Rat Rat (r[a^]t), n. [AS. r[ae]t; akin to D. rat, OHG. rato, ratta, G. ratte, ratze, OLG. ratta, LG. & Dan. rotte, Sw. r[*a]tta, F. rat, Ir. & Gael radan, Armor. raz, of unknown origin. Cf. {Raccoon}.] 1. (Zo["o]l.) One of several species of small rodents of the genus {Rattus} (formerly included in {Mus}) and allied genera, of the family {Muridae}, distinguished from mice primarily by being larger. They infest houses, stores, and ships, especially the Norway rat, also called {brown rat}, ({Rattus norvegicus} formerly {Mus decumanus}), the black rat ({Rattus rattus} formerly {Mus rattus}), and the roof rat (formerly {Mus Alexandrinus}, now included in {Rattus rattus}). These were introduced into America from the Old World. The white rat used most commonly in laboratories is primarily a strain derived from {Rattus rattus}. [1913 Webster +PJC]

2. A round and tapering mass of hair, or similar material, used by women to support the puffs and rolls of their natural hair. [Local, U.S.] [1913 Webster]

3. One who deserts his party or associates; hence, in the trades, one who works for lower wages than those prescribed by a trades union. [Cant] [1913 Webster]

Note: ``It so chanced that, not long after the accession of the house of Hanover, some of the brown, that is the German or Norway, rats, were first brought over to this country (in some timber as is said); and being much stronger than the black, or, till then, the common, rats, they in many places quite extirpated the latter. The word (both the noun and the verb to rat) was first, as we have seen, leveled at the converts to the government of George the First, but has by degrees obtained a wider meaning, and come to be applied to any sudden and mercenary change in politics.'' --Lord Mahon. [1913 Webster]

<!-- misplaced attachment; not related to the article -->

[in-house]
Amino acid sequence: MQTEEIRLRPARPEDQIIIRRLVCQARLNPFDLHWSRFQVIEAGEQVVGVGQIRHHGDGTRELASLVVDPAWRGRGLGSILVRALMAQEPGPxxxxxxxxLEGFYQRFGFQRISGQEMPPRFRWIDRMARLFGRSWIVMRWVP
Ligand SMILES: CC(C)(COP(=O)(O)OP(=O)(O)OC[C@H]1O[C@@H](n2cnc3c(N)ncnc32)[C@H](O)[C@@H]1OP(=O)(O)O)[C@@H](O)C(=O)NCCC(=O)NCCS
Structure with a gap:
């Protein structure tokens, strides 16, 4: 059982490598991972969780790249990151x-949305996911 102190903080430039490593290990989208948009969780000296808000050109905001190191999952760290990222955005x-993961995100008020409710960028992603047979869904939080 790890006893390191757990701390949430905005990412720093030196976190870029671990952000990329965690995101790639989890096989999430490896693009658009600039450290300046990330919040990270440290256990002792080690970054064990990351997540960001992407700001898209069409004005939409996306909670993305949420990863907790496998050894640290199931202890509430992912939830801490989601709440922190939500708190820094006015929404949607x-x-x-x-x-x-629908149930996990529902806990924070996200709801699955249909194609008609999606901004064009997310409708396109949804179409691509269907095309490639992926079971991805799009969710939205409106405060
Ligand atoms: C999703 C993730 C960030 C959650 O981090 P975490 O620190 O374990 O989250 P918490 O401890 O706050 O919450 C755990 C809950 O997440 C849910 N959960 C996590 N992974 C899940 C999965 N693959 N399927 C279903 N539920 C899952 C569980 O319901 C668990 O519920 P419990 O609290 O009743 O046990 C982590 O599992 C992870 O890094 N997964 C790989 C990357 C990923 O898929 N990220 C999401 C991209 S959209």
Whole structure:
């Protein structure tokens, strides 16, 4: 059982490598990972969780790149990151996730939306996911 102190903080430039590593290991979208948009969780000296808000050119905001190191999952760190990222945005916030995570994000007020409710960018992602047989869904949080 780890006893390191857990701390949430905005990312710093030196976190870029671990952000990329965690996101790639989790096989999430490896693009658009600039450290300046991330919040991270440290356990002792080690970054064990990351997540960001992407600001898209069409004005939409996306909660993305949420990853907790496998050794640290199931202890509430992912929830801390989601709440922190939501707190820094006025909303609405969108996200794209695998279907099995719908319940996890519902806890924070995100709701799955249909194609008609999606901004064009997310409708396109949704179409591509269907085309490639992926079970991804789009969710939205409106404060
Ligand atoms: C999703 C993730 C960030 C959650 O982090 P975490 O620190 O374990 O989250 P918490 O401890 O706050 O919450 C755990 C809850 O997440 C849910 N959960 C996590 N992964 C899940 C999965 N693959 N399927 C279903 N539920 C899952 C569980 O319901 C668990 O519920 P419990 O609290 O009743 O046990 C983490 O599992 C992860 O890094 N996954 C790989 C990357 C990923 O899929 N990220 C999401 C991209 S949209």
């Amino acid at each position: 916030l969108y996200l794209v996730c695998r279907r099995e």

{Bamboo rat} (Zo["o]l.), any Indian rodent of the genus {Rhizomys}.

{Beaver rat}, {Coast rat}. (Zo["o]l.) See under {Beaver} and {Coast}.

{Blind rat} (Zo["o]l.), the mole rat.

{Cotton rat} (Zo["o]l.), a long-haired rat ({Sigmodon hispidus}), native of the Southern United States and Mexico. It makes its nest of cotton and is often injurious to the crop.

{Ground rat}. See {Ground Pig}, under {Ground}.

{Hedgehog rat}. See under {Hedgehog}.

{Kangaroo rat} (Zo["o]l.), the potoroo.

{Norway rat} (Zo["o]l.), the common brown rat. See {Rat}.

{Pouched rat}. (Zo["o]l.) (a) See {Pocket Gopher}, under {Pocket}. (b) Any African rodent of the genus {Cricetomys}.

{Rat Indians} (Ethnol.), a tribe of Indians dwelling near Fort Ukon, Alaska. They belong to the Athabascan stock.

{Rat mole}. (Zo["o]l.) See {Mole rat}, under {Mole}.

{Rat pit}, an inclosed space into which rats are put to be killed by a dog for sport.

{Rat snake} (Zo["o]l.), a large colubrine snake ({Ptyas mucosus}) very common in India and Ceylon. It enters dwellings, and destroys rats, chickens, etc.

{Spiny rat} (Zo["o]l.), any South American rodent of the genus {Echinomys}.

{To smell a rat}. See under {Smell}.

{Wood rat} (Zo["o]l.), any American rat of the genus {Neotoma}, especially {Neotoma Floridana}, common in the Southern United States. Its feet and belly are white. [1913 Webster]

The Collaborative International Dictionary of English. 2000.

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